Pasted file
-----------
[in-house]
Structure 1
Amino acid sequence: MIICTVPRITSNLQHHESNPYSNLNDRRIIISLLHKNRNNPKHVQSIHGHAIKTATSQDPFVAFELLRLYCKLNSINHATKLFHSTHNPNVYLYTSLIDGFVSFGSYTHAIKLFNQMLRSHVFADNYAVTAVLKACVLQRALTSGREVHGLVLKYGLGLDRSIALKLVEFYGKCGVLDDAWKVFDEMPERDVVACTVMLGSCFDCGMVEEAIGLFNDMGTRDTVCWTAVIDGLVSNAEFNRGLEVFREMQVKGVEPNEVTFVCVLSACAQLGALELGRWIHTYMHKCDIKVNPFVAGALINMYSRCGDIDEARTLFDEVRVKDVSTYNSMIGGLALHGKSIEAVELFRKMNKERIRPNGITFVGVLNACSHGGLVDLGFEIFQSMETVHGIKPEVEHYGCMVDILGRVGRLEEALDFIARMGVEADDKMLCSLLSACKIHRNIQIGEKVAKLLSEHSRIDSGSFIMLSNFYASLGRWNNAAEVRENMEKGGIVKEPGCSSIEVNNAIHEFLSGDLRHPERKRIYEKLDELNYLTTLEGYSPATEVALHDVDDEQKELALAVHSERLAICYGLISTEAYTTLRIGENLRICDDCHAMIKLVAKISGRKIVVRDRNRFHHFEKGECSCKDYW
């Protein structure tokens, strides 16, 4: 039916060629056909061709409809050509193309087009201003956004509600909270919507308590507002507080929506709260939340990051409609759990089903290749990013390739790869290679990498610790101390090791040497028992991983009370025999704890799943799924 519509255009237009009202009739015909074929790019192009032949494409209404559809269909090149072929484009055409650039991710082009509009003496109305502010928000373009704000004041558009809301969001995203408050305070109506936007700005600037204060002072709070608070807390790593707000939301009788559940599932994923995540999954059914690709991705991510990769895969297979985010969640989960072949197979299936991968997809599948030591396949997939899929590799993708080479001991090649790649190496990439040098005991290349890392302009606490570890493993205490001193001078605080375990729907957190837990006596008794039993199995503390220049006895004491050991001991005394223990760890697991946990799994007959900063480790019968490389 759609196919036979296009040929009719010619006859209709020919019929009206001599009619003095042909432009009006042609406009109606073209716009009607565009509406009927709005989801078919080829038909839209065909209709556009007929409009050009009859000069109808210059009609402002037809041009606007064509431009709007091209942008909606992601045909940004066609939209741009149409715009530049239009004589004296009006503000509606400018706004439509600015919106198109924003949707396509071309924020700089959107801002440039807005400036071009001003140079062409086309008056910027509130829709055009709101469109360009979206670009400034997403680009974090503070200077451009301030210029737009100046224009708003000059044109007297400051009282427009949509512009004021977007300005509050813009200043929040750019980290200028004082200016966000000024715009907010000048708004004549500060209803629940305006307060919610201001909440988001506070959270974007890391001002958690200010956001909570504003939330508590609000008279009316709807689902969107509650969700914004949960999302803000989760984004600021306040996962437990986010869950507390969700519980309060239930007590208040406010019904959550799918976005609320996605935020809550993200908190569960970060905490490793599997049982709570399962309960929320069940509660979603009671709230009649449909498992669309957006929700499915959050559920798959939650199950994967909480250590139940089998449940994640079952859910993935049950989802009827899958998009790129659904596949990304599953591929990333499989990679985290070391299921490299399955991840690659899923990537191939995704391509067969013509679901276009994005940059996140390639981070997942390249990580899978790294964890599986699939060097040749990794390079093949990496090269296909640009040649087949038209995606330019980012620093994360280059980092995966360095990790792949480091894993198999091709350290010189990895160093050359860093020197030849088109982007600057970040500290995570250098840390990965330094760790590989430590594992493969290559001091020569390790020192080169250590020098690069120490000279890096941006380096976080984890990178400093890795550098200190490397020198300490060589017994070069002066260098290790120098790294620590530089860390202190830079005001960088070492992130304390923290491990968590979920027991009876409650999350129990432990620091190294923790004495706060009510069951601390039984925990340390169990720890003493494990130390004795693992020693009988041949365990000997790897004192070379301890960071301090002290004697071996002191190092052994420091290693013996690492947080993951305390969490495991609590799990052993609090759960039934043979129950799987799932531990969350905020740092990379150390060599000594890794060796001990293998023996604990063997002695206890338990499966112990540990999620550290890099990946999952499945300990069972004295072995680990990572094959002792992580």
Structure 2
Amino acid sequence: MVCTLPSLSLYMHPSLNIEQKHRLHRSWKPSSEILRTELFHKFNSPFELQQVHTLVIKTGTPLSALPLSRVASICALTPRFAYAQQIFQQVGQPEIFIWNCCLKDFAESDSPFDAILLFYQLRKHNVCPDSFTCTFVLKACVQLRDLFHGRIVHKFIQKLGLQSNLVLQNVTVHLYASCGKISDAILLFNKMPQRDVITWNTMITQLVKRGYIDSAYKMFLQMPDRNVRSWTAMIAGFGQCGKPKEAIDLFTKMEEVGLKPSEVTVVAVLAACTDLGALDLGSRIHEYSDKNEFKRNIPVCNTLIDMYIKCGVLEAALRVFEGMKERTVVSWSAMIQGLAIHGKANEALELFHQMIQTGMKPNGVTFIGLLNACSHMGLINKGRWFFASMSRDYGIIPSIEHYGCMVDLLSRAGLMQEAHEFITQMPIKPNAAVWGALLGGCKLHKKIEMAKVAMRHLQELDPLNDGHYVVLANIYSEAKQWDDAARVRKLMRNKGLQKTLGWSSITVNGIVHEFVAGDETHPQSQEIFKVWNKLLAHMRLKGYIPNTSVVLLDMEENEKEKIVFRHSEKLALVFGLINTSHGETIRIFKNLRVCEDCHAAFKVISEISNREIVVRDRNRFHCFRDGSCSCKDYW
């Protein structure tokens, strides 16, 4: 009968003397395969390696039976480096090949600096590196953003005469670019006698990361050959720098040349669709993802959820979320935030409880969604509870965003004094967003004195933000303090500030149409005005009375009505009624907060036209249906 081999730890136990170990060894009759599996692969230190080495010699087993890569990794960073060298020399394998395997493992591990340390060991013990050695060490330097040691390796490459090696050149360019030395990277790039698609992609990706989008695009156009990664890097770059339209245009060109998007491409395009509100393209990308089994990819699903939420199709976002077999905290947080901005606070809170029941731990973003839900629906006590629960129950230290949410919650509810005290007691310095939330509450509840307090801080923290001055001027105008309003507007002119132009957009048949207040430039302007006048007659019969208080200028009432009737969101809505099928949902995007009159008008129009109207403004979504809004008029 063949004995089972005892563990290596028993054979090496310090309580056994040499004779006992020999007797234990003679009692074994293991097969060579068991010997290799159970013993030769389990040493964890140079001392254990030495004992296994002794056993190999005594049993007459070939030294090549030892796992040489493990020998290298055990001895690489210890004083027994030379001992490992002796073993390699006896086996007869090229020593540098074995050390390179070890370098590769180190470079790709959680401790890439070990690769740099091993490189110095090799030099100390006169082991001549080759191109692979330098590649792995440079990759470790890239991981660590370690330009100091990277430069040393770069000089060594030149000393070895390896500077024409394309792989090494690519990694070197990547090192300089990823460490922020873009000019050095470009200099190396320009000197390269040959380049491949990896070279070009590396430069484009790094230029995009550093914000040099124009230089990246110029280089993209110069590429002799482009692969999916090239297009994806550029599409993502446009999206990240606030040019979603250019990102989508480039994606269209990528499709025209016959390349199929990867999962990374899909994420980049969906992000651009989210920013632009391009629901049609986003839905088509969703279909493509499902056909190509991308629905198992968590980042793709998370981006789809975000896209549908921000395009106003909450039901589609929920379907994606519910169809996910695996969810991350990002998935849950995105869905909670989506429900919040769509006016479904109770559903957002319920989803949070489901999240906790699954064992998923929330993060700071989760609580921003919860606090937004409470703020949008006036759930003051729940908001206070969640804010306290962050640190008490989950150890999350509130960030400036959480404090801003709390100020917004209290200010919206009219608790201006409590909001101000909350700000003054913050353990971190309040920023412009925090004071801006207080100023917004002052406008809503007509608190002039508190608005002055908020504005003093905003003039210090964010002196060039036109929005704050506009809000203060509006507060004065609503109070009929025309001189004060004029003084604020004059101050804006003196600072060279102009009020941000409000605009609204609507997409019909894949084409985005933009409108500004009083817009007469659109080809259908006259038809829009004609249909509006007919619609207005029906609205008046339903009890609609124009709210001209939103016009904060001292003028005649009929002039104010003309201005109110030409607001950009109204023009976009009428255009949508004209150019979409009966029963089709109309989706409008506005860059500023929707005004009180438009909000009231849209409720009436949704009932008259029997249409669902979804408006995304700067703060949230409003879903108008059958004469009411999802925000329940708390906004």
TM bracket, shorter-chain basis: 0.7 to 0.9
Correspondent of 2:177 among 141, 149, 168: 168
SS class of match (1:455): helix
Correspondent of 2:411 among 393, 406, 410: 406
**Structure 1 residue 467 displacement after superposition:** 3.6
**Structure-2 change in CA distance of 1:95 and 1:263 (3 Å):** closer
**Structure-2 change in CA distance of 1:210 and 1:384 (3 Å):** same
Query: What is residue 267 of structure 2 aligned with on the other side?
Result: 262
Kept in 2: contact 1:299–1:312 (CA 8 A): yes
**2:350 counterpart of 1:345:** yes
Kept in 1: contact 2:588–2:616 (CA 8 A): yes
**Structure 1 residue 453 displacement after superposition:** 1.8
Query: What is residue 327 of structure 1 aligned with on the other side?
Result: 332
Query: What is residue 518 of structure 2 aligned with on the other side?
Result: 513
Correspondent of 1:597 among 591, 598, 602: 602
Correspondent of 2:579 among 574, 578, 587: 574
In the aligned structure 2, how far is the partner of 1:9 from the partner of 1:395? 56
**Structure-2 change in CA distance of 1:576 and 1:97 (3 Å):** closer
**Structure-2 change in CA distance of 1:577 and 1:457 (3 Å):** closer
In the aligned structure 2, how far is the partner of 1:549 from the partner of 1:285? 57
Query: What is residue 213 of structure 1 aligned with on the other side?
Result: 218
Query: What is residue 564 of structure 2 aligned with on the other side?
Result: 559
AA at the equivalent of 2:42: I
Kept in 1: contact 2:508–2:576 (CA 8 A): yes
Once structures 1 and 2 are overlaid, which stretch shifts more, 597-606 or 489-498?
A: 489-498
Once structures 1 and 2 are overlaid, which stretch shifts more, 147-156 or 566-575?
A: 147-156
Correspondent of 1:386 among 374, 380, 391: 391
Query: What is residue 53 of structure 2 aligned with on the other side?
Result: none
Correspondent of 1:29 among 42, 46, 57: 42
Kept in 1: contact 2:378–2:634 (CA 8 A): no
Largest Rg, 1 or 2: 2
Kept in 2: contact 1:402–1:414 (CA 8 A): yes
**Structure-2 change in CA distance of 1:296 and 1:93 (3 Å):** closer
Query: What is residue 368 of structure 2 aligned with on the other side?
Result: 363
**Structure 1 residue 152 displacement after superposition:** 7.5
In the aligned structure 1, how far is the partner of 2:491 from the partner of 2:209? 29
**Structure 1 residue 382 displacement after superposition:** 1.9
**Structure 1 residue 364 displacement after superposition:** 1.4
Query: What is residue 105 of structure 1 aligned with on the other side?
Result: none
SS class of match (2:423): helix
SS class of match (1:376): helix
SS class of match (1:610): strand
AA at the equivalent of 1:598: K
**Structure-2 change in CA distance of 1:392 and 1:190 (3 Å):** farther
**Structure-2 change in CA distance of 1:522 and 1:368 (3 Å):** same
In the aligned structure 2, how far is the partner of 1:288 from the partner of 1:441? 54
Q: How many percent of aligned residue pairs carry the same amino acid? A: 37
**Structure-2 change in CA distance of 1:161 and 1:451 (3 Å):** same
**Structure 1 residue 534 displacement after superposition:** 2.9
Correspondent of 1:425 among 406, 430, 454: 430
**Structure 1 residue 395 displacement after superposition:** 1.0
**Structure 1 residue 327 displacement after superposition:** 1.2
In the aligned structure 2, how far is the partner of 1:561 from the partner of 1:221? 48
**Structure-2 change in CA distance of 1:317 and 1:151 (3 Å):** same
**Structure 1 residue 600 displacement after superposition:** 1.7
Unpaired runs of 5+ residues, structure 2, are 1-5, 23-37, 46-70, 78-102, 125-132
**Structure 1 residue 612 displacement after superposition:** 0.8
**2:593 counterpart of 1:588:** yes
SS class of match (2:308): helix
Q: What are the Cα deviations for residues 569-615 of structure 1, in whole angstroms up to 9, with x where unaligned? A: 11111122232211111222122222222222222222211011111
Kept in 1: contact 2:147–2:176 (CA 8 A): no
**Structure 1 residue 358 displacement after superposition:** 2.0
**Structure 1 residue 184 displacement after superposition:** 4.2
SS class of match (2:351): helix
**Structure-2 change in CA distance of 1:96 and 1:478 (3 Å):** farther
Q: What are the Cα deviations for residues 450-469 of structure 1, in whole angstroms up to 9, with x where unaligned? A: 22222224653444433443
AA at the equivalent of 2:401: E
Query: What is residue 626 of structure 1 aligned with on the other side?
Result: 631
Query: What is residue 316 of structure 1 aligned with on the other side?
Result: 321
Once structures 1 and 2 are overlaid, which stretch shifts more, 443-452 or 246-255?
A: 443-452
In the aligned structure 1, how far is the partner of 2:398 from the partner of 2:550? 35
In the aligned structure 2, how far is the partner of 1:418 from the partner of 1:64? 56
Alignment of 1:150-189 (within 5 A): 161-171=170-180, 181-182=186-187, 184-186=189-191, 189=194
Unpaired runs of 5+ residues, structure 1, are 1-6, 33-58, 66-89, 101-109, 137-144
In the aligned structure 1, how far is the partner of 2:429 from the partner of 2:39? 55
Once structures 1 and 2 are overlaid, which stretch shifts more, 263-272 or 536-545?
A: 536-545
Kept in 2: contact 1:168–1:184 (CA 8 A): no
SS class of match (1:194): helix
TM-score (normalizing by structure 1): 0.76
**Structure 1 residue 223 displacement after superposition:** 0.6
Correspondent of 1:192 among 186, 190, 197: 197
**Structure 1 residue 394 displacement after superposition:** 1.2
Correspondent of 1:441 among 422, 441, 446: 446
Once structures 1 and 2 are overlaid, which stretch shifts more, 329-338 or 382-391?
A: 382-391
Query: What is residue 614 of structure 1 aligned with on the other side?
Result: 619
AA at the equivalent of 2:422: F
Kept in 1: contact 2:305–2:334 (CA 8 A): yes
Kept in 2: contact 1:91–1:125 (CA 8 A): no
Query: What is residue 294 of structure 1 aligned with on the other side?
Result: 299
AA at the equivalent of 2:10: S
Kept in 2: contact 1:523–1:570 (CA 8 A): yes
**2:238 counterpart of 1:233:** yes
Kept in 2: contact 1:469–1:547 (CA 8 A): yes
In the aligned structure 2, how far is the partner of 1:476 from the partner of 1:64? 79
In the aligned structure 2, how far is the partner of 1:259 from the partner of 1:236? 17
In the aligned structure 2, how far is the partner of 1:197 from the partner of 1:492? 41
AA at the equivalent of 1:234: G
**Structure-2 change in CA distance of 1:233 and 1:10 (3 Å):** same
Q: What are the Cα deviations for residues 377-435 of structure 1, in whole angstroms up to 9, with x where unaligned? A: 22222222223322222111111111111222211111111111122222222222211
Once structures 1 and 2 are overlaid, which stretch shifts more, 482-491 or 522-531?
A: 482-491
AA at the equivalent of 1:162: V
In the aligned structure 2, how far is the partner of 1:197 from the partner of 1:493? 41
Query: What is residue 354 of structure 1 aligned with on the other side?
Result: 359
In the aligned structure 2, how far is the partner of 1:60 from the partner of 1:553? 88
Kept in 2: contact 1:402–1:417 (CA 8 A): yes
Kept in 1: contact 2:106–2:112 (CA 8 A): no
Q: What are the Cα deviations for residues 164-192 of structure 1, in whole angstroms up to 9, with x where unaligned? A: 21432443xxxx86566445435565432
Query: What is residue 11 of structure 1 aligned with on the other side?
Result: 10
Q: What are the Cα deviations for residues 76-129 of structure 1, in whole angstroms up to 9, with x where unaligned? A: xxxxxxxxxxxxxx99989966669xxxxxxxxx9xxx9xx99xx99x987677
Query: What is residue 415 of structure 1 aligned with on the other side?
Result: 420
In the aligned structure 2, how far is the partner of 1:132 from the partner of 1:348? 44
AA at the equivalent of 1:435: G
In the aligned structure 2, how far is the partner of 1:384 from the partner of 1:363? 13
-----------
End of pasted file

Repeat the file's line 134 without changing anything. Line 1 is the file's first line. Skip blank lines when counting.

Query: What is residue 11 of structure 1 aligned with on the other side?